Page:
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J Head Trauma Rehabil. 2002 Jun;17(3):251-6.

Assessment of anosmia after traumatic brain injury: performance characteristics of the University of Pennsylvania Smell Identification Test.

Author information

1
Center for Neuromuscular Sciences, Memorial Medical Center, Springfield, Illinois 62781, USA. callahan.chuck@mhsil.com

Abstract

OBJECTIVE:

To examine the performance characteristics of two forms of the University of Pennsylvania Smell Identification Test (UPSIT) in a sample of persons with traumatic brain injury (TBI).

DESIGN:

Analysis of consecutive admissions into a brain injury rehabilitation program.

SETTING:

Midwestern medical center.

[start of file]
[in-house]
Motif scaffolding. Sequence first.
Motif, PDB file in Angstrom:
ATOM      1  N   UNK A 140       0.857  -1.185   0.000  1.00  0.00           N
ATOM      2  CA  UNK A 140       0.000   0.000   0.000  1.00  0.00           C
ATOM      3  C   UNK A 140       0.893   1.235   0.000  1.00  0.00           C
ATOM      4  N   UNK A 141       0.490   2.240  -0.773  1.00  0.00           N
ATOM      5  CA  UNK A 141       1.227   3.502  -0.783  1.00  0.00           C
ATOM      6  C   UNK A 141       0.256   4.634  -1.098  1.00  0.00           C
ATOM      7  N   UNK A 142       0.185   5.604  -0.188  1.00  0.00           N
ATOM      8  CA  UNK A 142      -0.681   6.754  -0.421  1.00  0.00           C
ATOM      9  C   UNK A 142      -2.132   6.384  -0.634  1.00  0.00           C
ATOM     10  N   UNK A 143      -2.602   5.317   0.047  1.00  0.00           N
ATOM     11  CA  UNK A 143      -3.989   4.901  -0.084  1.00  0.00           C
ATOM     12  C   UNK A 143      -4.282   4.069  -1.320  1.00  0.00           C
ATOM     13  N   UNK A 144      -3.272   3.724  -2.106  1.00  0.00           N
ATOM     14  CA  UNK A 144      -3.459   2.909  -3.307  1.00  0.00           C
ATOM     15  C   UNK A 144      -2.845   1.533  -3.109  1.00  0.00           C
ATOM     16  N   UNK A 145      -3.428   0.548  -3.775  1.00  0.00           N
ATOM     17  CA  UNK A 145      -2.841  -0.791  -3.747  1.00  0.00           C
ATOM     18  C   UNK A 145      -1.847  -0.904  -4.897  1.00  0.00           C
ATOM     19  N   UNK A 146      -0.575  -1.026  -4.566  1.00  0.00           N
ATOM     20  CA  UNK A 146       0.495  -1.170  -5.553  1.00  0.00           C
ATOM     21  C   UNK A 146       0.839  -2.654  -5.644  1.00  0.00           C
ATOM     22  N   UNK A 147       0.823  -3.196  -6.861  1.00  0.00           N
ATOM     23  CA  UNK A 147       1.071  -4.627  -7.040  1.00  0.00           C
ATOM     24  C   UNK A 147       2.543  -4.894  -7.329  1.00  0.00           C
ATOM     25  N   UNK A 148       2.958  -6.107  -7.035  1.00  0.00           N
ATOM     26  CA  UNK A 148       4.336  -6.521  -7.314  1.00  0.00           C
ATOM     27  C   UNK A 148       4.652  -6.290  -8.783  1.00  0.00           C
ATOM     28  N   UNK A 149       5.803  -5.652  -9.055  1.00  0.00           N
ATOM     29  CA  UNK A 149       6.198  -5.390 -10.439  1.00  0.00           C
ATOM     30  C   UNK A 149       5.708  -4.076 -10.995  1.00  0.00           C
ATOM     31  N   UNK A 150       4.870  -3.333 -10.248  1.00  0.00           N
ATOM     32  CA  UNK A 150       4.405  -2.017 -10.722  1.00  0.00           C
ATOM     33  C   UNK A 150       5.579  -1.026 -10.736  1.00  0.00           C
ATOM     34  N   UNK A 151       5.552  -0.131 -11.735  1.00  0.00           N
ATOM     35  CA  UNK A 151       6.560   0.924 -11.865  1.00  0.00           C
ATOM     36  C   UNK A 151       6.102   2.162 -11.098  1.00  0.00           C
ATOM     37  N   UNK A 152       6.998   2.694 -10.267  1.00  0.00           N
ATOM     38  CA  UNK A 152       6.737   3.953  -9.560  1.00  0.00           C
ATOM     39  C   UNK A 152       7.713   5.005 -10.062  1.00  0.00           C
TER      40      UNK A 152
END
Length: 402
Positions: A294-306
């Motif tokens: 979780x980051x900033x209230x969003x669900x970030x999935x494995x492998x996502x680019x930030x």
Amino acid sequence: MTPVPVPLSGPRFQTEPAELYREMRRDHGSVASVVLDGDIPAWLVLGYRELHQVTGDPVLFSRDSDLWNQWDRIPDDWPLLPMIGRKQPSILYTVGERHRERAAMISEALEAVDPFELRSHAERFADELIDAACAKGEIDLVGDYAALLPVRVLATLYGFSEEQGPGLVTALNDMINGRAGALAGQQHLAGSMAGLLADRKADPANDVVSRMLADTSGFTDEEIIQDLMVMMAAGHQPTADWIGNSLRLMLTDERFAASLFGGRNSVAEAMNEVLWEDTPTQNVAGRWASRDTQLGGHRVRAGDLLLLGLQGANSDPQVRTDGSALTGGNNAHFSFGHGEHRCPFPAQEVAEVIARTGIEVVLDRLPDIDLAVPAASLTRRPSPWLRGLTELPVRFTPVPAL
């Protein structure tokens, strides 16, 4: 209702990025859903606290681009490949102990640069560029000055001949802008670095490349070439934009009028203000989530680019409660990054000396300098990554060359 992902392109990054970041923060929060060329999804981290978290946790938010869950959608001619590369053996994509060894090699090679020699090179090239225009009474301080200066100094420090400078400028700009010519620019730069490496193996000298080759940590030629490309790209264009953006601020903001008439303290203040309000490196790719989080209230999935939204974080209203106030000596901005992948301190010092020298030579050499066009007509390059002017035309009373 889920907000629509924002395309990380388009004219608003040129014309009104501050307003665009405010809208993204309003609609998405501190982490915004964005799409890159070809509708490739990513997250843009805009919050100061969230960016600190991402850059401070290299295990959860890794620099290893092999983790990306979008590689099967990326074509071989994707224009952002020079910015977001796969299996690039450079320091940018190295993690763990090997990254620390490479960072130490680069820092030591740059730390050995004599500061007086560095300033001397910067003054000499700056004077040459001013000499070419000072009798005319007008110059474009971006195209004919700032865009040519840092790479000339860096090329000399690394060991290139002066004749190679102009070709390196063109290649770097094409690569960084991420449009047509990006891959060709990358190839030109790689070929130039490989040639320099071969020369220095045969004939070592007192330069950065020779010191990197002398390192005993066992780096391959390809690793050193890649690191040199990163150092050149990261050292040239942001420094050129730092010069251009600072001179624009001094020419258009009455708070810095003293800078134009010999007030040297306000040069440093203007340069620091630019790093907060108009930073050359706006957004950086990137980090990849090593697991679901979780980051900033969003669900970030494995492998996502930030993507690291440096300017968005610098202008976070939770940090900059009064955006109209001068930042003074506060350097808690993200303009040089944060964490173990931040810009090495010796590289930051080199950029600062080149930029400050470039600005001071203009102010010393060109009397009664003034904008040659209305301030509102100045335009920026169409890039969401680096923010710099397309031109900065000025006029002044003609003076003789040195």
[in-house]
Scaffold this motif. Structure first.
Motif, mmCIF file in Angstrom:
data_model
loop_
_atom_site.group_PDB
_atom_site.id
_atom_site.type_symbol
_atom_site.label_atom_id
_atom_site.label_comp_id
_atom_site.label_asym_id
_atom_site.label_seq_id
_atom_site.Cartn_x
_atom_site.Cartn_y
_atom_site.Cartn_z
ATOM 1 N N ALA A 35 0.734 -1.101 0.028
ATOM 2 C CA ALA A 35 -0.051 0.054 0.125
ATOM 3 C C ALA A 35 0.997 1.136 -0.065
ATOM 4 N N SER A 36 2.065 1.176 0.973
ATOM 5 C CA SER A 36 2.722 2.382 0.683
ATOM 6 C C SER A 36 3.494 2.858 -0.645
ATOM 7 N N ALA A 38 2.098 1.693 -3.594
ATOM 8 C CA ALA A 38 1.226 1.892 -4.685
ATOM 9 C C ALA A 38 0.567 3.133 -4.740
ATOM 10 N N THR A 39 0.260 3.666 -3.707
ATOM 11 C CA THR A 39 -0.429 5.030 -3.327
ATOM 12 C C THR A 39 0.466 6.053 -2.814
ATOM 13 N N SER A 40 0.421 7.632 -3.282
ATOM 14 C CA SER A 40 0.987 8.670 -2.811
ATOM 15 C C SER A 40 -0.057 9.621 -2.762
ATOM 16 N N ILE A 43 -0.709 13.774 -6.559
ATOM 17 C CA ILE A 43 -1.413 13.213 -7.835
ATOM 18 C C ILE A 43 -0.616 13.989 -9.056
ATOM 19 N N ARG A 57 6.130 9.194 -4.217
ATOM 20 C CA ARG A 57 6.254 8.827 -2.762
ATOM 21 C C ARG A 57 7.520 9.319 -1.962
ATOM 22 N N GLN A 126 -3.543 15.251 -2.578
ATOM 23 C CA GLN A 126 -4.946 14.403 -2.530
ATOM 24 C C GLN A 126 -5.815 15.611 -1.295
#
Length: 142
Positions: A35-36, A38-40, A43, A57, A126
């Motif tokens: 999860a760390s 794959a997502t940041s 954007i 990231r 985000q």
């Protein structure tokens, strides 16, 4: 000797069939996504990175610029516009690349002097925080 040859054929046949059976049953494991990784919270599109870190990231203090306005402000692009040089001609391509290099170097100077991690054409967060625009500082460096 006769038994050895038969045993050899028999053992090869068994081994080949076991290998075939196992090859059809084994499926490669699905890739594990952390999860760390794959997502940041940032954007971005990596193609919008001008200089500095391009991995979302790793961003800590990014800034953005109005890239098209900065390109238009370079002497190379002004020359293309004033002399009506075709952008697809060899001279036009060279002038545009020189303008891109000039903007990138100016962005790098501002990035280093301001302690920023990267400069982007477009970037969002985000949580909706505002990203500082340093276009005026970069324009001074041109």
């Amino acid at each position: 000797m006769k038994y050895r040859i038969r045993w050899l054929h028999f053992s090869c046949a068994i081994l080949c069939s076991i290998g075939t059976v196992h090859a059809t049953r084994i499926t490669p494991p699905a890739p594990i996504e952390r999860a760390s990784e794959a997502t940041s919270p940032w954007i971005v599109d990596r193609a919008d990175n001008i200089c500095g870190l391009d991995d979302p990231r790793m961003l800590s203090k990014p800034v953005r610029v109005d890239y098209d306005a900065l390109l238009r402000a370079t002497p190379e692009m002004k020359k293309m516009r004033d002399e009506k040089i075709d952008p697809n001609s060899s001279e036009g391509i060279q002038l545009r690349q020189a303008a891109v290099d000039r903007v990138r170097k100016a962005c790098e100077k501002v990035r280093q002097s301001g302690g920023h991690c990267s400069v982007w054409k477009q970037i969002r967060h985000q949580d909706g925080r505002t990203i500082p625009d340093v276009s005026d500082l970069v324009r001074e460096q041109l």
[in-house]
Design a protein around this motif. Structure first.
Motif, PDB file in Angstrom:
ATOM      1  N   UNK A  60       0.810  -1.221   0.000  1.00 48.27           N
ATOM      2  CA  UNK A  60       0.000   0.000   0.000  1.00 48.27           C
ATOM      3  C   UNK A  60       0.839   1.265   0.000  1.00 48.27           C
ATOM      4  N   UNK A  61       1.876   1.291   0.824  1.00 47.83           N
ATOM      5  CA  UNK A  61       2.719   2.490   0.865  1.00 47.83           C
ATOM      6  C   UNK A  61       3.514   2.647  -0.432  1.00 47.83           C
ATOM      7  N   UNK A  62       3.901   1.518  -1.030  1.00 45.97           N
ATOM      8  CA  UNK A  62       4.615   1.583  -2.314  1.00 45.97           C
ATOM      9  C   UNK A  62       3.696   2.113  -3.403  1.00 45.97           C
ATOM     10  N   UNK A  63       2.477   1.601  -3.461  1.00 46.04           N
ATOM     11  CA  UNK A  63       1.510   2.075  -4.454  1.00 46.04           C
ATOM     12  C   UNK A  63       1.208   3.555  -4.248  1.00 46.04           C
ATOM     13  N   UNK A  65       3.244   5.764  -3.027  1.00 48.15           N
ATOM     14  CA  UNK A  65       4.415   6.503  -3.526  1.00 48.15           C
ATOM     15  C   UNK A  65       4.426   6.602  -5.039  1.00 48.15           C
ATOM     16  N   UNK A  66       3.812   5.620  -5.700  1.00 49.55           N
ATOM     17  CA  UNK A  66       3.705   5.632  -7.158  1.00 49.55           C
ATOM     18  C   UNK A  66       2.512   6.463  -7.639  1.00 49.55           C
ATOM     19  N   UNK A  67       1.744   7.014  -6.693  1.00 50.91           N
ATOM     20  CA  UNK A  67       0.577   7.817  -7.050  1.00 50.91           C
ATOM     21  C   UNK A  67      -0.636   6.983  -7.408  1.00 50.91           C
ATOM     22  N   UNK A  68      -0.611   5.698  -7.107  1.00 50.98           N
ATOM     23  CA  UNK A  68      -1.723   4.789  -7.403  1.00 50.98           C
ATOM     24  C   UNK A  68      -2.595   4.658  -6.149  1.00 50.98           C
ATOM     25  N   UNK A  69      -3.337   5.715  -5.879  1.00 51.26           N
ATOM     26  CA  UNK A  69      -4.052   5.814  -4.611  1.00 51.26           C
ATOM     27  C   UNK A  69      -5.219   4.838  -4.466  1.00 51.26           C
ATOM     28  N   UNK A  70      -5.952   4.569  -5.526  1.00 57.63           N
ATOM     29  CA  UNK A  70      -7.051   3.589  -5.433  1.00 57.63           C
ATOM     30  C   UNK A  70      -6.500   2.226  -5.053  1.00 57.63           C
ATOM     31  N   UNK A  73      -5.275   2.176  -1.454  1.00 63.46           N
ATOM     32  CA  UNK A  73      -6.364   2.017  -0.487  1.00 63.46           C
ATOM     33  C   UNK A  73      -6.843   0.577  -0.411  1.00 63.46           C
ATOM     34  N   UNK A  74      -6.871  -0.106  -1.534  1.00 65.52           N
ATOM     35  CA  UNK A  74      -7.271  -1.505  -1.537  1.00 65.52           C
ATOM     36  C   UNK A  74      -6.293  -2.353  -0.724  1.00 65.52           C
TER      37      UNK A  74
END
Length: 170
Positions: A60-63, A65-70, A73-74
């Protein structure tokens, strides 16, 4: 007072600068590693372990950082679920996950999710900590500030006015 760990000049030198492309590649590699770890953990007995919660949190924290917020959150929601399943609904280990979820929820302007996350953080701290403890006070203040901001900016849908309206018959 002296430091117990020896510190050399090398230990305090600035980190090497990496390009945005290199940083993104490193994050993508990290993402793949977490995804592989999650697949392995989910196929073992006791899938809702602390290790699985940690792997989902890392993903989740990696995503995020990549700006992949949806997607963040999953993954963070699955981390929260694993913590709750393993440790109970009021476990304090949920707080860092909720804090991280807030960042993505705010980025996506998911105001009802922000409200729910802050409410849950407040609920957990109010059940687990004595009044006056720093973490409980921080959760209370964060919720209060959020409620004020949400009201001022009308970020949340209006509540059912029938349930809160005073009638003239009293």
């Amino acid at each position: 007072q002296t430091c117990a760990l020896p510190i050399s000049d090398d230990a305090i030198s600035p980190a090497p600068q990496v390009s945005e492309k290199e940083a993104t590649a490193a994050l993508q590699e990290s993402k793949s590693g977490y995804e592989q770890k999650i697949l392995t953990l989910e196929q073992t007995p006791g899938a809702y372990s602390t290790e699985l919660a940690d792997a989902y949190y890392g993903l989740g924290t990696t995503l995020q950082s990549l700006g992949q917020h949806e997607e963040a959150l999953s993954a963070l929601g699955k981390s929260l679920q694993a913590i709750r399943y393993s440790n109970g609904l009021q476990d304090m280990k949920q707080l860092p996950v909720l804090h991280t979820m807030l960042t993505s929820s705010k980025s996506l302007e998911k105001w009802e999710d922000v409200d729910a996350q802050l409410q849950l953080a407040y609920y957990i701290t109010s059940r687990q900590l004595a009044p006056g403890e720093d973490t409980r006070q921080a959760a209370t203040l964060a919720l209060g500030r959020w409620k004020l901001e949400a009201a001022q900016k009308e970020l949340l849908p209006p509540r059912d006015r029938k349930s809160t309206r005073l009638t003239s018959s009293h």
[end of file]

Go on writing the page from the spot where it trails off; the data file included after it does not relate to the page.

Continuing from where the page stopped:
PARTICIPANTS:

One hundred twenty-two adults diagnosed with TBI (49% severe TBI, 16% moderate TBI, 35% mild TBI).

MAIN OUTCOME MEASURES:

University of Pennsylvania Smell Identification Test (UPSIT; 3- and 40-item versions).

RESULTS:

Fifty-six percent of sample exhibited impaired olfaction on the full UPSIT; 40% of these patients were unaware of their deficits. Contrary to expectation, TBI patients detected dangerous odors (natural gas, gasoline, smoke) with high accuracy. Usefulness of a 3-item screening measure was examined: Missing even one item related to a 2:1 likelihood of being anosmic.

CONCLUSIONS:

These findings support past investigations indicating that anosmia, and unawareness of olfactory dysfunction, are common in persons with TBI and related to injury severity. The use of the 3-item screening measure as a gross indicator was supported, although caution is advised, because nearly 20% of patients performing perfectly on the 3-item screen scored in the anosmic range on the full UPSIT.

PMID:
12086578
[Indexed for MEDLINE]

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